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Black and Brown in Los AngelesBeyond Conflict and Coalition$
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Josh Kun and Laura Pulido

Print publication date: 2013

Print ISBN-13: 9780520275591

Published to California Scholarship Online: January 2017

DOI: 10.1525/california/9780520275591.001.0001

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PRINTED FROM CALIFORNIA SCHOLARSHIP ONLINE (www.california.universitypressscholarship.com). (c) Copyright University of California Press, 2021. All Rights Reserved. An individual user may print out a PDF of a single chapter of a monograph in CALSO for personal use.date: 29 July 2021

Black Views toward Proposed Undocumented Immigration Policies

Black Views toward Proposed Undocumented Immigration Policies

The Role of Racial Stereotypes and Economic Competition

Chapter:
(p.90) 3 Black Views toward Proposed Undocumented Immigration Policies
Source:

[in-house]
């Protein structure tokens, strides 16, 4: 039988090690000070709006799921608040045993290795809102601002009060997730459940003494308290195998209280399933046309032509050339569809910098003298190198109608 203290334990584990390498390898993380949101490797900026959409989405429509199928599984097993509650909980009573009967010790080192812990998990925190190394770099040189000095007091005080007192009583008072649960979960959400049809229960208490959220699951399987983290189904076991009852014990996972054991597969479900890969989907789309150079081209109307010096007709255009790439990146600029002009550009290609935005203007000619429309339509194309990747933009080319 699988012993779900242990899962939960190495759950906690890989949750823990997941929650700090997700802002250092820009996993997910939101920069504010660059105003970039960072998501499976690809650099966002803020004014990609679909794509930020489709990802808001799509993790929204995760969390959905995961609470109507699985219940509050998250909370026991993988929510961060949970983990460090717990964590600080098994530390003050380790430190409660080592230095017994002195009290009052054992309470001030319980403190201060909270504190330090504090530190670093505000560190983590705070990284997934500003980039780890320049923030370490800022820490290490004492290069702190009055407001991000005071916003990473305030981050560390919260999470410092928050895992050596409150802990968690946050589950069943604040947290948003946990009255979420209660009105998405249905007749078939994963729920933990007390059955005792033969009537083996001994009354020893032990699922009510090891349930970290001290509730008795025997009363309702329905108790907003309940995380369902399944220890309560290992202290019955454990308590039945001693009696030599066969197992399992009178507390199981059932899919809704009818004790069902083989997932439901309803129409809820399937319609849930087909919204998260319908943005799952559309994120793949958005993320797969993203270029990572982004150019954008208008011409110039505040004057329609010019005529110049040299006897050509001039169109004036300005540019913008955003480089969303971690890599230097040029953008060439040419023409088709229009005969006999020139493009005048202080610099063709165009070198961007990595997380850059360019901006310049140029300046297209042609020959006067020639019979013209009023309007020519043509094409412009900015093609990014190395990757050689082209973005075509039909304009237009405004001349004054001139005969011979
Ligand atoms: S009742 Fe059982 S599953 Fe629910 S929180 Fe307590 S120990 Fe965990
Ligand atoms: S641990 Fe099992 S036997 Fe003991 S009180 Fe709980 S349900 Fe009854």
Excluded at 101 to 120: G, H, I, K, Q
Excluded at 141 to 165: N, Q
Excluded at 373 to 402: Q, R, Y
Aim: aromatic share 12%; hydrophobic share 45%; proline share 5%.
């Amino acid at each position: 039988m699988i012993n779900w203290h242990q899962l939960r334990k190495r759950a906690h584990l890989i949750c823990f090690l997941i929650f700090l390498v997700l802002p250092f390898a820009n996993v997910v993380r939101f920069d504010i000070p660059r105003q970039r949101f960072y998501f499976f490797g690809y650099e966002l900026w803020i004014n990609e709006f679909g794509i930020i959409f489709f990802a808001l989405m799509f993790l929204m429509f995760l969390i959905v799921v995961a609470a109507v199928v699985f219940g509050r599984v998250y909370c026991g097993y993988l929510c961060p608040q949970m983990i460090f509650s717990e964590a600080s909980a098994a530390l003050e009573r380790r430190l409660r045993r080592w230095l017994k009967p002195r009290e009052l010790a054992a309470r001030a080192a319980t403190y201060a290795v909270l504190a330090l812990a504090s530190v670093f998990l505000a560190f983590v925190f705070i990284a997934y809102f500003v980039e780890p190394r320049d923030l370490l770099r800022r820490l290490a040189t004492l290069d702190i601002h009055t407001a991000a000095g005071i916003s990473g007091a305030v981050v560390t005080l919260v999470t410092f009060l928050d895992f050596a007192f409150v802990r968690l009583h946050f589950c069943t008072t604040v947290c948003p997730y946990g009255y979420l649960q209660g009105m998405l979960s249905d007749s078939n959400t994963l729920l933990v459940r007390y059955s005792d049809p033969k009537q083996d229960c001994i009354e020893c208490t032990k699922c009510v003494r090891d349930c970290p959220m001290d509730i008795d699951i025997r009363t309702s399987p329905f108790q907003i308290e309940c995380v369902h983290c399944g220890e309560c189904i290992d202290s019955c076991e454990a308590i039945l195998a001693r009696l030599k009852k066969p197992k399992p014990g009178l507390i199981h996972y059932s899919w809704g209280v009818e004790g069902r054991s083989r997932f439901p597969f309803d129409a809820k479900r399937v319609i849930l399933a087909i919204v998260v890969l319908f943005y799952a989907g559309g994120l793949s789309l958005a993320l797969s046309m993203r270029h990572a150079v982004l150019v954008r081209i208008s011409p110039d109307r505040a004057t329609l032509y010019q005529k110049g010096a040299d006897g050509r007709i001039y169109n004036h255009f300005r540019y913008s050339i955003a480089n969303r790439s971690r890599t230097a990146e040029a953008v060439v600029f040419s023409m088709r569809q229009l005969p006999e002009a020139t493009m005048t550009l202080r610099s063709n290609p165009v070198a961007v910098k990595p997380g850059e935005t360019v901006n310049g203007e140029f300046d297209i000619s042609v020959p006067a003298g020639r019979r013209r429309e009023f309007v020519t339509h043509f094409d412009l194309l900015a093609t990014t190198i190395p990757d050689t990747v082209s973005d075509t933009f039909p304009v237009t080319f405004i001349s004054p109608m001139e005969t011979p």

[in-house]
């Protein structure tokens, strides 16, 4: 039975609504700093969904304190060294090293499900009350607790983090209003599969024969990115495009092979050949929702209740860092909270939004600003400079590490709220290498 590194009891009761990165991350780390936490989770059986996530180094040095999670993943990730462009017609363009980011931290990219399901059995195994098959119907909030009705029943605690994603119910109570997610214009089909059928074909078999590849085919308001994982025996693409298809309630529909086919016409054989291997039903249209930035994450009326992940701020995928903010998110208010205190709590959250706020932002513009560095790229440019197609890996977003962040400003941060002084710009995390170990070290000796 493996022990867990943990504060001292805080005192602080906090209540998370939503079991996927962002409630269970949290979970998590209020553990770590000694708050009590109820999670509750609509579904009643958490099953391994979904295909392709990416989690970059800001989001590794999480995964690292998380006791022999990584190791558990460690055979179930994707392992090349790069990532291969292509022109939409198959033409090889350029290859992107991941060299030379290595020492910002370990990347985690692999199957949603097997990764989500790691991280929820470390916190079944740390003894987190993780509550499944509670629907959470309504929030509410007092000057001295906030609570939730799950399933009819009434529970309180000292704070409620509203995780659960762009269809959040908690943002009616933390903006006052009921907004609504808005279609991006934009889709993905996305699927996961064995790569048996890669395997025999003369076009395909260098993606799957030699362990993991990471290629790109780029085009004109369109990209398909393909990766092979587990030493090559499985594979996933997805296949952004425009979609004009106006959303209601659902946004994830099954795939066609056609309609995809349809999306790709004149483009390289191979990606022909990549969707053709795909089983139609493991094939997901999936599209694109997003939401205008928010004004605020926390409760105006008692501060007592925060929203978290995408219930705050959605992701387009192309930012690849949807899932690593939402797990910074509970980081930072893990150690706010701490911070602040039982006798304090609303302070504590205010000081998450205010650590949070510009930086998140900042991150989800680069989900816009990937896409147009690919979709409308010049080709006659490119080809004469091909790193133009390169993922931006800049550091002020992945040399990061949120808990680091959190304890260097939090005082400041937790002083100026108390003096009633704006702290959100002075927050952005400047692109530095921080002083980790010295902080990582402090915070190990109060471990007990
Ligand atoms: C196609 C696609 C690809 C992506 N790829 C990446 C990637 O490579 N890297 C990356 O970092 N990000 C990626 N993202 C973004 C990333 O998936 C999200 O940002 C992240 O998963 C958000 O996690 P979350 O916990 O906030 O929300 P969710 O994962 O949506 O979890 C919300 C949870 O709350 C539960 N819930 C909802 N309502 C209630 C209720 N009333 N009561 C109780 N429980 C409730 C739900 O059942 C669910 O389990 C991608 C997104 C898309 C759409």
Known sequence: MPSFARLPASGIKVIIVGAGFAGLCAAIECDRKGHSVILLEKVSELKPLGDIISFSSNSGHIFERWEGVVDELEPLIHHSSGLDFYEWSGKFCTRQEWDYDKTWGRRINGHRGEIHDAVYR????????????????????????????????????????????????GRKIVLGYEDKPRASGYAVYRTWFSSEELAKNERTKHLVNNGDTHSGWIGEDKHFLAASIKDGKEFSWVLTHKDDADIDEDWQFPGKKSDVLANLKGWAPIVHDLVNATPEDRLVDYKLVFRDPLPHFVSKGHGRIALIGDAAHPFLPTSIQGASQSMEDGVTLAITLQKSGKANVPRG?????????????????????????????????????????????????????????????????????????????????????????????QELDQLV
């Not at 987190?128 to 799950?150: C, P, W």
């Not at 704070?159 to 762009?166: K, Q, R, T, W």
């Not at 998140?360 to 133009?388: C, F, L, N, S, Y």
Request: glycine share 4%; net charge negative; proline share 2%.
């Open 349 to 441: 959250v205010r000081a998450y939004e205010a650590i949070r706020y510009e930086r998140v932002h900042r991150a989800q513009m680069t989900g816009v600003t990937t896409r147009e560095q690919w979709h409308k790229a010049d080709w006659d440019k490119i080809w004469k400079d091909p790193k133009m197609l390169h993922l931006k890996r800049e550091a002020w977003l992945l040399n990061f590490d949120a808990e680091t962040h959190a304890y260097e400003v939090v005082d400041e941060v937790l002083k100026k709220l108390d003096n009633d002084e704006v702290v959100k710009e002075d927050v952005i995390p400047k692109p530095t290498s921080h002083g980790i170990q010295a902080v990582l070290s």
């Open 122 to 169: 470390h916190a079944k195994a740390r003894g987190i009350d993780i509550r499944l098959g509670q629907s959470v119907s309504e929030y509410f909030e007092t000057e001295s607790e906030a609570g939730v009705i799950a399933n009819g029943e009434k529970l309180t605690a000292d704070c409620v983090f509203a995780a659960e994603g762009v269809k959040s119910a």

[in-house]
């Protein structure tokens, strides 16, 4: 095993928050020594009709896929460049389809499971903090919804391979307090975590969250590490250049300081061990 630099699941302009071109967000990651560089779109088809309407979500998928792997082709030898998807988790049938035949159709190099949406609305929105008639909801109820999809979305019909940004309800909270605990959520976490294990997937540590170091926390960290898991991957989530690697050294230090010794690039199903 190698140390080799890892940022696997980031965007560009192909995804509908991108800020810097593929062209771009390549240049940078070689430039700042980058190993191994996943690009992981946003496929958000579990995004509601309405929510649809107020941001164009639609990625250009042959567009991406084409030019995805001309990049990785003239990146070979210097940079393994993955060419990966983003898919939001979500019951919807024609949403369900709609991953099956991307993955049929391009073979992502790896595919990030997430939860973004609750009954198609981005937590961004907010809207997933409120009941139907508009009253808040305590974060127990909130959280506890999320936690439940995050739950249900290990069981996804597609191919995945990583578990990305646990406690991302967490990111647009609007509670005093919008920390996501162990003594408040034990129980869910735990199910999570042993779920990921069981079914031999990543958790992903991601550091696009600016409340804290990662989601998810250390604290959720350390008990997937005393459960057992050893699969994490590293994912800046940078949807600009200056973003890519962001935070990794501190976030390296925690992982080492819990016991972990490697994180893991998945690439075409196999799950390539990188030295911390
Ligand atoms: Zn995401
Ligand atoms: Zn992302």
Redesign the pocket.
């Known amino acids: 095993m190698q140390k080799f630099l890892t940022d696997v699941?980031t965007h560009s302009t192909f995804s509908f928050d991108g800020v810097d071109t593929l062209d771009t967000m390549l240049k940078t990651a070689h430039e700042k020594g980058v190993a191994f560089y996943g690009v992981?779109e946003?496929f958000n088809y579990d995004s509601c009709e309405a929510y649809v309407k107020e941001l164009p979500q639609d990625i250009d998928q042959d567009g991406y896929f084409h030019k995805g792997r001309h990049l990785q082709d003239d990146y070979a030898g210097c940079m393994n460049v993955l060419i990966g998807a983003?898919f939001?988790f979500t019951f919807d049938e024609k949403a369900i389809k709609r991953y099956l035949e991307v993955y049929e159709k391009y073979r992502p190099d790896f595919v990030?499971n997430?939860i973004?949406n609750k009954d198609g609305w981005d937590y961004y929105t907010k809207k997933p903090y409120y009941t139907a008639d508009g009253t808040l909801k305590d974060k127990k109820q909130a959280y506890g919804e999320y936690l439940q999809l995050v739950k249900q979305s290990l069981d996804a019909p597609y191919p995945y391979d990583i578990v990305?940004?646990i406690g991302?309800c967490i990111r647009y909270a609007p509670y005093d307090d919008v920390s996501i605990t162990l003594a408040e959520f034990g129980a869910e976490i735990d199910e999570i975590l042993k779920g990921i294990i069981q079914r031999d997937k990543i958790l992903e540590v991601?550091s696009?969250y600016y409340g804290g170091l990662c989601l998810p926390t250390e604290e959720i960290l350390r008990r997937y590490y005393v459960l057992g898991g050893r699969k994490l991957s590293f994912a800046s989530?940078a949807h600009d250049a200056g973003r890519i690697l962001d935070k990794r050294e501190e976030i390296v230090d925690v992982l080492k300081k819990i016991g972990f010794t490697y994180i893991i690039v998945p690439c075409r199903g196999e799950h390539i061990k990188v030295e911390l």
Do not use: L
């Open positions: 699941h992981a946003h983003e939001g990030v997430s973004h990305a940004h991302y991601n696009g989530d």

Black and Brown in Los Angeles
Author(s):

Lorrie Frasure-Yokley

Stacey Greene

Publisher:
University of California Press
DOI:10.1525/california/9780520275591.003.0004

This chapter examines the attitudes of African Americans toward both Latinas/os and immigrants, and particularly toward toward proposed undocumented immigration policies, in Los Angeles. Using data from the 2007 Los Angeles County Social Survey, it considers the role of racial stereotypes and economic competition in Blacks' policy preferences toward undocumented immigration. After providing an overview of Blacks and Latinos in Los Angeles, the chapter reviews some existing literature on Black–Latino intergroup relations including the role of racial stereotypes and attitudes, as well as theories of conflict or competition between racial/ethnic groups. It shows that attitudes toward undocumented immigration policies are often influenced by factors other than economic competition, including socioeconomic status. For example, Blacks with lower levels of income are more likely to reject punitive policies such as deportation. Attitudes about racial identity and perceived commonality with Latinos contribute to Blacks' views favoring more lenient policies toward undocumented immigrants.

Keywords:   Latinos, African Americans, undocumented immigration, Los Angeles, racial stereotypes, economic competition, Latinas, undocumented immigration policy, racial identity, undocumented immigrants

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